Take note of one certain passage in this morning's Post story on the return of Maverick McCain:
The surest sign of McCain's return to his "maverick" ways came when he caught wind of an effort by Sen. John Cornyn (R-Tex.) to delay Clinton's confirmation vote by a day, pushing it from Tuesday to Wednesday because he was seeking greater disclosure about foreign donors to former president Bill Clinton's charitable foundation. McCain found the objection gratuitous -- despite policy disagreements with Clinton, he and most Republicans consider her well qualified -- and said so publicly.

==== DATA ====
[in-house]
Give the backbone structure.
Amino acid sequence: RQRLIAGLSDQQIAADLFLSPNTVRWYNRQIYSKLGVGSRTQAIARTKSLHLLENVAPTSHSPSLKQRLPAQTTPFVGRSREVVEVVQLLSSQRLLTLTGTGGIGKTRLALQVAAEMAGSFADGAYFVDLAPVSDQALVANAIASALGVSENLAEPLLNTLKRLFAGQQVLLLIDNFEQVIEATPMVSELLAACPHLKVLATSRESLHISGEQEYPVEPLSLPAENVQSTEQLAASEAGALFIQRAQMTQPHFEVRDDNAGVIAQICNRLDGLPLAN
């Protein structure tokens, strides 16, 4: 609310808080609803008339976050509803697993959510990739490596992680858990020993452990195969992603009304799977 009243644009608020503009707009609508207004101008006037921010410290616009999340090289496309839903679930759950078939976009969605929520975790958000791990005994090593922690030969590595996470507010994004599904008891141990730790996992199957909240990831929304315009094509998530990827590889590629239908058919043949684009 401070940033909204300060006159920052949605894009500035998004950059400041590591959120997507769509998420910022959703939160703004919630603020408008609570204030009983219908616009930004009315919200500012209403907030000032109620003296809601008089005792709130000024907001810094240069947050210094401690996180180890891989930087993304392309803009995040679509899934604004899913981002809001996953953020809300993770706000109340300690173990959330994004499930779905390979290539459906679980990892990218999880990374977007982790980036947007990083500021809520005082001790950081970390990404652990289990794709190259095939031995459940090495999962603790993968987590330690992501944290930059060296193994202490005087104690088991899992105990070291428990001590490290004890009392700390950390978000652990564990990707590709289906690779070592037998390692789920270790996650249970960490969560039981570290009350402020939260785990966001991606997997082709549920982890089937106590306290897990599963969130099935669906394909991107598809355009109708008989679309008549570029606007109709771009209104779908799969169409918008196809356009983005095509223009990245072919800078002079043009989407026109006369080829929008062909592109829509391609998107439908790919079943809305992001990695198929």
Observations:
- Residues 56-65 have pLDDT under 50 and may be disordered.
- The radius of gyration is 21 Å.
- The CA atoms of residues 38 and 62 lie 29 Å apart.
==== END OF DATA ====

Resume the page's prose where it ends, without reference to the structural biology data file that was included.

"I think that's indicative of the role that John McCain is going to play," said Sen. Susan Collins (R-Maine), who hatched the push-back against Cornyn's gambit over dinner with McCain on Tuesday night, and who followed him to the floor to support Clinton's confirmation (emphasis mine). "He's going to play a very active role. He's going to try to forge bipartisan coalitions. And he won't shy away from controversy."
If McCain becomes a lone public GOP ally of the Obama administration on questions like immigration or faith in its appointees, that's useful. If he can rally a troupe of mavericks -- longtime devotees of his in the Senate, like Susan Collins, Olympia Snowe, Lindsey Graham, and Joe Lieberman -- that'd be very useful.